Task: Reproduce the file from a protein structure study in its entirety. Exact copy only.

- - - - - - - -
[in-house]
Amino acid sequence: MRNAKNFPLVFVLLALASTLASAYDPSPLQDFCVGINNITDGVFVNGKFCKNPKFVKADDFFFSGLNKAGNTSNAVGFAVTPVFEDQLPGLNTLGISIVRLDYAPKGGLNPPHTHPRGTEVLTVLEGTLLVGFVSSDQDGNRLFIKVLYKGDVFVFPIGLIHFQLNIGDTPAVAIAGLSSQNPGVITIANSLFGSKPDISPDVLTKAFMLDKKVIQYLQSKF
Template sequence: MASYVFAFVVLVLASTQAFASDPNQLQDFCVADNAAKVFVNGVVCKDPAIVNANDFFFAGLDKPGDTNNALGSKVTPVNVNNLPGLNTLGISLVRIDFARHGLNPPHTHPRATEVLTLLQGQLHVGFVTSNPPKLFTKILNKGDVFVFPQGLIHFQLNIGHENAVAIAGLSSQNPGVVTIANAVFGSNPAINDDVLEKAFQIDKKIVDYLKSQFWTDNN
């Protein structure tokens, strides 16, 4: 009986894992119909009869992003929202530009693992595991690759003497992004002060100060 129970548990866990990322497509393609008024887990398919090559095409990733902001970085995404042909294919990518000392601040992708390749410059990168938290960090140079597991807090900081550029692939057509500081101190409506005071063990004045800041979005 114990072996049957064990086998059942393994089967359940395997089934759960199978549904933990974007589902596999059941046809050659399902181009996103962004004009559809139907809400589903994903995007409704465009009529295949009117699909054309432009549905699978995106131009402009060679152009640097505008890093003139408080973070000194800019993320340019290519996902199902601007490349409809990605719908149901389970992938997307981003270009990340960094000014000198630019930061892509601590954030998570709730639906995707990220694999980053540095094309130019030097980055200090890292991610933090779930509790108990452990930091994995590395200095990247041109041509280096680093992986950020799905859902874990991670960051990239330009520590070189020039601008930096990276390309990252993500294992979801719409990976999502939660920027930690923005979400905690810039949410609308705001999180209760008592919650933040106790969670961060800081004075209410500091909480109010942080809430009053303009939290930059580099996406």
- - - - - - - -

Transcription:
[in-house]
Amino acid sequence: MRNAKNFPLVFVLLALASTLASAYDPSPLQDFCVGINNITDGVFVNGKFCKNPKFVKADDFFFSGLNKAGNTSNAVGFAVTPVFEDQLPGLNTLGISIVRLDYAPKGGLNPPHTHPRGTEVLTVLEGTLLVGFVSSDQDGNRLFIKVLYKGDVFVFPIGLIHFQLNIGDTPAVAIAGLSSQNPGVITIANSLFGSKPDISPDVLTKAFMLDKKVIQYLQSKF
Template sequence: MASYVFAFVVLVLASTQAFASDPNQLQDFCVADNAAKVFVNGVVCKDPAIVNANDFFFAGLDKPGDTNNALGSKVTPVNVNNLPGLNTLGISLVRIDFARHGLNPPHTHPRATEVLTLLQGQLHVGFVTSNPPKLFTKILNKGDVFVFPQGLIHFQLNIGHENAVAIAGLSSQNPGVVTIANAVFGSNPAINDDVLEKAFQIDKKIVDYLKSQFWTDNN
């Protein structure tokens, strides 16, 4: 009986894992119909009869992003929202530009693992595991690759003497992004002060100060 129970548990866990990322497509393609008024887990398919090559095409990733902001970085995404042909294919990518000392601040992708390749410059990168938290960090140079597991807090900081550029692939057509500081101190409506005071063990004045800041979005 114990072996049957064990086998059942393994089967359940395997089934759960199978549904933990974007589902596999059941046809050659399902181009996103962004004009559809139907809400589903994903995007409704465009009529295949009117699909054309432009549905699978995106131009402009060679152009640097505008890093003139408080973070000194800019993320340019290519996902199902601007490349409809990605719908149901389970992938997307981003270009990340960094000014000198630019930061892509601590954030998570709730639906995707990220694999980053540095094309130019030097980055200090890292991610933090779930509790108990452990930091994995590395200095990247041109041509280096680093992986950020799905859902874990991670960051990239330009520590070189020039601008930096990276390309990252993500294992979801719409990976999502939660920027930690923005979400905690810039949410609308705001999180209760008592919650933040106790969670961060800081004075209410500091909480109010942080809430009053303009939290930059580099996406």